By Liam Smythe
Given the recent uproar over the proposed demolition and redevelopment of the Dominion Foundry site east of downtown Toronto, it is easy to forget there was a time that the preservation of Toronto’s older buildings was scarcely given a second thought by the collective consciousness of our city.
In the decades following the end of the Second World War, Toronto underwent a wave of new development unlike anything it had seen before. As bulldozers cleared the farm fields around the city for new subdivisions, the wrecking balls were clearing the downtown core in the name of redevelopment and urban renewal.
Fortunately, this period brought the city many mid-century modern masterpieces, but these came at the cost of hundreds of nineteenth and early-twentieth century structures that defined an older Toronto. A quick browse through books such as William Dendy’s Lost Toronto or Eric Arthur’s No Mean City illustrates the extent of Toronto’s architectural losses, most of which occurred over the course of a few short decades.
Most of these structures are now completely lost to the ages; pulverized into gravel or used to backfill Lake Ontario. Thanks to the foresight of one collector however, the remains of some sixty-odd buildings were salvaged from the rubble and artfully arranged on the grounds of the former Guild Inn in Scarborough.
Now known as Guild Park and Gardens, the property is owned and operated as a park by the City of Toronto. The collection represents the work of Spencer and Rosa Clark, proprietors of the Guild Inn who recognized the sculptural value of Toronto’s disappearing nineteenth and early-twentieth century architecture.
The Guild Inn itself began life in 1914 as Ranleigh Park, a 33-room mansion constructed by Colonel Harold Child Bickford. In May of 1932, the property was purchased by Rosa Hewetson. Two months later, she married Spencer Clark in a ceremony on the property. Inspired by Roycroft in East Aurora, New York where they had spent their honeymoon, the Clarks established The Guild of All Arts. The guild was an artist’s colony that provided training for craftspeople and apprentices in fields such as wood and metalworking, weaving and painting. Within a few years, the Guild of All Arts evolved into a country resort known as The Guild Inn and became a popular tourist destination in the 1950s and 1960s.
Prolific collectors of Canadian sculpture, the Clarks began acquiring salvaged architectural materials as early as the 1940s. These pieces were usually purchased by arrangement with the demolition contractors, occasionally directly from the people operating the equipment. Moving these pieces was not an easy task; some weighed up to six tons and had to be transported from their location in downtown Toronto, twenty kilometers east to Scarborough. The entire process including purchase, transportation, and reconstruction was funded entirely by the Clarks.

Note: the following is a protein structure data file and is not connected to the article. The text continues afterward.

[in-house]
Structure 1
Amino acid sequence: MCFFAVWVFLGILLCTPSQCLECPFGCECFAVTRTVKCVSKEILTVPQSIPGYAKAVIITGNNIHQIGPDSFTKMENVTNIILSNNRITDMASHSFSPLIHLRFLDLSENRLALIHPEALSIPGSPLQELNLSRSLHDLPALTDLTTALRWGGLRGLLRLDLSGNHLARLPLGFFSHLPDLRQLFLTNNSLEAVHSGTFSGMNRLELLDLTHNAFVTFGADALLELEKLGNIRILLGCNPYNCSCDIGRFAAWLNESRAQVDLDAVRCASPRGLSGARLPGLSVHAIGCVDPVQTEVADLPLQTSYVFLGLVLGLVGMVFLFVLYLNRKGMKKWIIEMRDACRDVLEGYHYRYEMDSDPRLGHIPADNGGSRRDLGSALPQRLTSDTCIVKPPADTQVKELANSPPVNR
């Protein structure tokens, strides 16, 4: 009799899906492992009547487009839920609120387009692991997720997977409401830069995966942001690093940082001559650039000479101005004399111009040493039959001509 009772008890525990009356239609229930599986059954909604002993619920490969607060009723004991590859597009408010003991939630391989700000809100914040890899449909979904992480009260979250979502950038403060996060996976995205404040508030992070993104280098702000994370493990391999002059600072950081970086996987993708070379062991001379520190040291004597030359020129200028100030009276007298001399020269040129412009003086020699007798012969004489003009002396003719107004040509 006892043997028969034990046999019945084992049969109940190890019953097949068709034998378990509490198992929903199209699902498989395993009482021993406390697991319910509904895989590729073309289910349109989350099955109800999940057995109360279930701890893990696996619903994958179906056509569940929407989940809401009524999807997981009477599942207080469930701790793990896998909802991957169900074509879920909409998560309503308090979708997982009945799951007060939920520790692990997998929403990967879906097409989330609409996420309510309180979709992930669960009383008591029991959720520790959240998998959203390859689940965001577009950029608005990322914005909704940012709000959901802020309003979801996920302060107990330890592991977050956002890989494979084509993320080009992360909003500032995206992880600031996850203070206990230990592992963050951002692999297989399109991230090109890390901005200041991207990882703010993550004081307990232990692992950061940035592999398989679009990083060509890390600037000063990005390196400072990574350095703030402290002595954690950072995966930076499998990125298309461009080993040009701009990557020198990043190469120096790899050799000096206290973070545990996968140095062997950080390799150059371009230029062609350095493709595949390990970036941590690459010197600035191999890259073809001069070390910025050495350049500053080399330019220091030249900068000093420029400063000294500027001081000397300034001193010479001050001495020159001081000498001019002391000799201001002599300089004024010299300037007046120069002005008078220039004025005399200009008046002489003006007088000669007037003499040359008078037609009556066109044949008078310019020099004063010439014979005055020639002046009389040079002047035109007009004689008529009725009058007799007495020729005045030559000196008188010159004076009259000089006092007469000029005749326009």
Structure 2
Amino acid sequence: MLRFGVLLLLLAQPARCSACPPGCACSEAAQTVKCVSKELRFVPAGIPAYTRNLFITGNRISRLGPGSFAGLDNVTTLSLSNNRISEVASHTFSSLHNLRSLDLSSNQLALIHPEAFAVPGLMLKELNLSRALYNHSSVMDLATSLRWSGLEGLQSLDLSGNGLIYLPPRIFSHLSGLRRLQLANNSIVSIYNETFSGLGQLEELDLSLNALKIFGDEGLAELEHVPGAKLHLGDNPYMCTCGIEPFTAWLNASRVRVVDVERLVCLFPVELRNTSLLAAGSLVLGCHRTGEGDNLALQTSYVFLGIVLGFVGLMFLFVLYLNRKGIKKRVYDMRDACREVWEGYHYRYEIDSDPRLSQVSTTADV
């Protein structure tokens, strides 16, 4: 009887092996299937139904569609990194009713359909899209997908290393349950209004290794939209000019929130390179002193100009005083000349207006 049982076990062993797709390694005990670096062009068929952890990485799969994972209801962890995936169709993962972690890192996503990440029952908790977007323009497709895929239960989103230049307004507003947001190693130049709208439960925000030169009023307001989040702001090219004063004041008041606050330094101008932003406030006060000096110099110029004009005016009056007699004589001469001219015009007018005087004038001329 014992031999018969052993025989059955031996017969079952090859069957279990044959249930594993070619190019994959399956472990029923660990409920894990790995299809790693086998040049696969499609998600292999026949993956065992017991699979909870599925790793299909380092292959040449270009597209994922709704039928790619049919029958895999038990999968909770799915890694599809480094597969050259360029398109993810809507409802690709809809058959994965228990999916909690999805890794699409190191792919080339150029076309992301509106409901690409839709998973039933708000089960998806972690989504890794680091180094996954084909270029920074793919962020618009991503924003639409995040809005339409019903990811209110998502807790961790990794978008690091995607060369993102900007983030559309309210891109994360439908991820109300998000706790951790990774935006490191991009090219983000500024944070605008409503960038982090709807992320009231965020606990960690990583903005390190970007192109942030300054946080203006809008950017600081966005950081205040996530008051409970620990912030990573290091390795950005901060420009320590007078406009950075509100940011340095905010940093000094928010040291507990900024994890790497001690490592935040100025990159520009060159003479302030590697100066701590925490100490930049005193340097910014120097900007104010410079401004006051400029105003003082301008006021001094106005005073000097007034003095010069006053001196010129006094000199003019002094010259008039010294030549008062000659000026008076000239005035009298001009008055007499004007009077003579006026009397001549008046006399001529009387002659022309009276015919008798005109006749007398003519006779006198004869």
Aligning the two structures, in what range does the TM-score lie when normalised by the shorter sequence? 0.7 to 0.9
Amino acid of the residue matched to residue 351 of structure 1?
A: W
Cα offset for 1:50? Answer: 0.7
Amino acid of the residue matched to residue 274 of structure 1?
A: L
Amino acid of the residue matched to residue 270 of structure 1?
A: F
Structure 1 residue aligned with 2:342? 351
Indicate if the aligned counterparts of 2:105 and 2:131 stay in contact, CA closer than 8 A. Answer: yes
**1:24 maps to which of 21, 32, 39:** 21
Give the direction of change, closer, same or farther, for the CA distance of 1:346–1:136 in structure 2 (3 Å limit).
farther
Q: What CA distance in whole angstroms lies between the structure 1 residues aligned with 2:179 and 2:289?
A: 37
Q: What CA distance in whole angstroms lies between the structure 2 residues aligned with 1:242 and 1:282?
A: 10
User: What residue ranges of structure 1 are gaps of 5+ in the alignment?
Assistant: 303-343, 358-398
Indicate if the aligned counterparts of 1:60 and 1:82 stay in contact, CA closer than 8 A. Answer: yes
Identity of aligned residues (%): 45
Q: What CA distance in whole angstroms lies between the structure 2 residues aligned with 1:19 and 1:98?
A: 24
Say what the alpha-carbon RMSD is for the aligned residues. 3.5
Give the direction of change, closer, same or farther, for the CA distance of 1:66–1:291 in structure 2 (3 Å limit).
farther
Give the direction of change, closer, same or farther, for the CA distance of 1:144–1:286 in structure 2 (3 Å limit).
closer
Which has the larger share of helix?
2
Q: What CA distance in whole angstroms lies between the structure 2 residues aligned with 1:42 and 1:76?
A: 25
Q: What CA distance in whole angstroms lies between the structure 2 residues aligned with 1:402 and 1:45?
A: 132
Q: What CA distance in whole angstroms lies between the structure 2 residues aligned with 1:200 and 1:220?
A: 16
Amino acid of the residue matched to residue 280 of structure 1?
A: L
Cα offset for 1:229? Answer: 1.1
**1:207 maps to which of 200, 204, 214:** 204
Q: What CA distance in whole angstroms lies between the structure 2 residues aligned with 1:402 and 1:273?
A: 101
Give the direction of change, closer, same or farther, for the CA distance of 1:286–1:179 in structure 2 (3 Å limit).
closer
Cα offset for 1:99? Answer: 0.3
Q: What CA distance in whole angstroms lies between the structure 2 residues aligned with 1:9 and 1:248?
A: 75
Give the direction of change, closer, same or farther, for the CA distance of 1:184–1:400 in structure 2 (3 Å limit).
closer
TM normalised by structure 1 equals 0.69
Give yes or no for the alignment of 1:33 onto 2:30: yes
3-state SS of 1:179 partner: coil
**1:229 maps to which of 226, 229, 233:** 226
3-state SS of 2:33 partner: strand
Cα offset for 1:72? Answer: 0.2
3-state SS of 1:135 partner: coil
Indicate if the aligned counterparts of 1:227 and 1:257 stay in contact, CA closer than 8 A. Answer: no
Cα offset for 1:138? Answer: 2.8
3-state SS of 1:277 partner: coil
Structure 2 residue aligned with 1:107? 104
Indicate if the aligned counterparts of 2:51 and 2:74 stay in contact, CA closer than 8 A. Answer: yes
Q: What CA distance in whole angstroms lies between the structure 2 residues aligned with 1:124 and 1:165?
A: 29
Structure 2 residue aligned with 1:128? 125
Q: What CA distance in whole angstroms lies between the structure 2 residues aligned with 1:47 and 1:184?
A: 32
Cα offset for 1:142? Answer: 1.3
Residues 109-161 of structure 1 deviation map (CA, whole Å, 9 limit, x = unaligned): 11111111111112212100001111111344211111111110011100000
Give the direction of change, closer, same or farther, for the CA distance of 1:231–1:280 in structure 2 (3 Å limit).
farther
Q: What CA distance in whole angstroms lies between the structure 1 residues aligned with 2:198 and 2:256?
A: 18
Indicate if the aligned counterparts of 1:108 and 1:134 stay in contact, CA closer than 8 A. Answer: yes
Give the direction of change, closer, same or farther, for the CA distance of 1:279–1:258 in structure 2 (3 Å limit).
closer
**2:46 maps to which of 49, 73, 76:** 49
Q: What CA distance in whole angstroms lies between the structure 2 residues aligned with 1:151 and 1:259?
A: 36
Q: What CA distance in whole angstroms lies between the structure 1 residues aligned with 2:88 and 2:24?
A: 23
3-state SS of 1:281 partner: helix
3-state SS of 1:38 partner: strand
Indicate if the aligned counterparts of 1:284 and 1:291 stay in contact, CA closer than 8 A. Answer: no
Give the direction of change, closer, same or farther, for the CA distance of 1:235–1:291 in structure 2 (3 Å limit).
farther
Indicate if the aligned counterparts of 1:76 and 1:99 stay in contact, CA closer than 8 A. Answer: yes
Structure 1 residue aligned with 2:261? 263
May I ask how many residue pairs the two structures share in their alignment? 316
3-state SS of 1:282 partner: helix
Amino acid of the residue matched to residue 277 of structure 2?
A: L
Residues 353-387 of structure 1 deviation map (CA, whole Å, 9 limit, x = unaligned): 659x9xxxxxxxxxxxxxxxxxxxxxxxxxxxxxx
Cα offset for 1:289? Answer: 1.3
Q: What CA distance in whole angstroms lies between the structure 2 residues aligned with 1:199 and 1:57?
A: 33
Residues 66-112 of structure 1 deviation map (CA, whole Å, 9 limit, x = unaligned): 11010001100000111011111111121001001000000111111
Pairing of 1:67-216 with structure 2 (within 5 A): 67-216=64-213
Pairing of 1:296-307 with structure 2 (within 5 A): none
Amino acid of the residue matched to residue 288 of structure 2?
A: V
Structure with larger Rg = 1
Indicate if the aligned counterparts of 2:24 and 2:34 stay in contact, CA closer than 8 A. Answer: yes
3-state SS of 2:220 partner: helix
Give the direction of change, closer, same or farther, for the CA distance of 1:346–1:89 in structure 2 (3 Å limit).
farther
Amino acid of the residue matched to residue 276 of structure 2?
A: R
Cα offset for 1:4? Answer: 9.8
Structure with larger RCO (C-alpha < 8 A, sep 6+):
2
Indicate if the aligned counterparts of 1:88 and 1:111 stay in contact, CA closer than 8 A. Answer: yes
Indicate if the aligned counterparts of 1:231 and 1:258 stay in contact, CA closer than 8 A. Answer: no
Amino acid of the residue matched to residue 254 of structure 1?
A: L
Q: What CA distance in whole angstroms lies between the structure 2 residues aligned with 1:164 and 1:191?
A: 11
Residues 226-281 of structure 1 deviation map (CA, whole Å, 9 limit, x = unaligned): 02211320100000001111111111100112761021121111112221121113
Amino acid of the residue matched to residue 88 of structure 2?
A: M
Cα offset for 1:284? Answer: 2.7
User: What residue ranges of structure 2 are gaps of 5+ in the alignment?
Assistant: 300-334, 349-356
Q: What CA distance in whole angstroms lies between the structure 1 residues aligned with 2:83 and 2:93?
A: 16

Scattered throughout the property are the remains of a number of formerly prominent landmarks. The Inn’s entrance gates off Kingston Road were formerly the entrance to the Stanley Barracks at Exhibition Place, constructed in 1840 as a replacement for Fort York. Three carved red sandstone panels from George Gouinlock’s Temple Building occupy a prominent position at the front of the property. Completed in 1896, the Temple Building was located on the southwest corner of Queen and Bay. It was the tallest building in the British Empire upon its completion and was considered Toronto’s first skyscraper.
Left: The Temple building on Queen and Bay, 1969. Top: The demolition of the Temple Building in 1970. Bottom: Carved sandstone panels from the Temple Building, now located at Guild Park and Gardens. Photos: Toronto Star Photograph Archive, Courtesy of Toronto Public Library & Simon P., 2009
A series of Art Deco stone panels and parapets from the 1929 Toronto Star Building on King Street West have been artfully arranged into a small pyramid. Allegorical panels representing the provinces of Canada have also been salvaged from the Bank of Montreal. Both buildings were demolished to make way for the present First Canadian Place at King and Bay. The most prominent feature of the Guild Park is the Greek Theatre, an outdoor stage comprised of eight Corinthian columns salvaged from the 1912 Bank of Toronto. It was demolished in 1966 to make way for the Toronto Dominion Centre.
The Clarks sold the property in 1978 to the Metropolitan Toronto and Region Conservation Authority, acting on behalf of the City of Toronto and Province of Ontario. The Clarks were contracted to run the hotel for the next five years, however Rosa passed away in 1981. The hotel was operated under several contracts through the 1980s and early 1990s, before the Conservation Authority decided to operate the hotel itself. As it was not really in the business of running a hotel, the Conservation Authority closed the Guild Inn in 1999 and the restaurant in 2001. Although the hotel lapsed into abandonment, the gardens were acquired by the City of Toronto and are now a public park. The former Guild Inn building was recently restored and reopened as an events venue. The park remains a popular locale for weddings, parties, and concerts, while providing a subtle link to the city’s architectural past.
Liam Smythe is currently a Cultural Heritage Specialist. He is also member of ACO and a contributor to the NextGen Blog.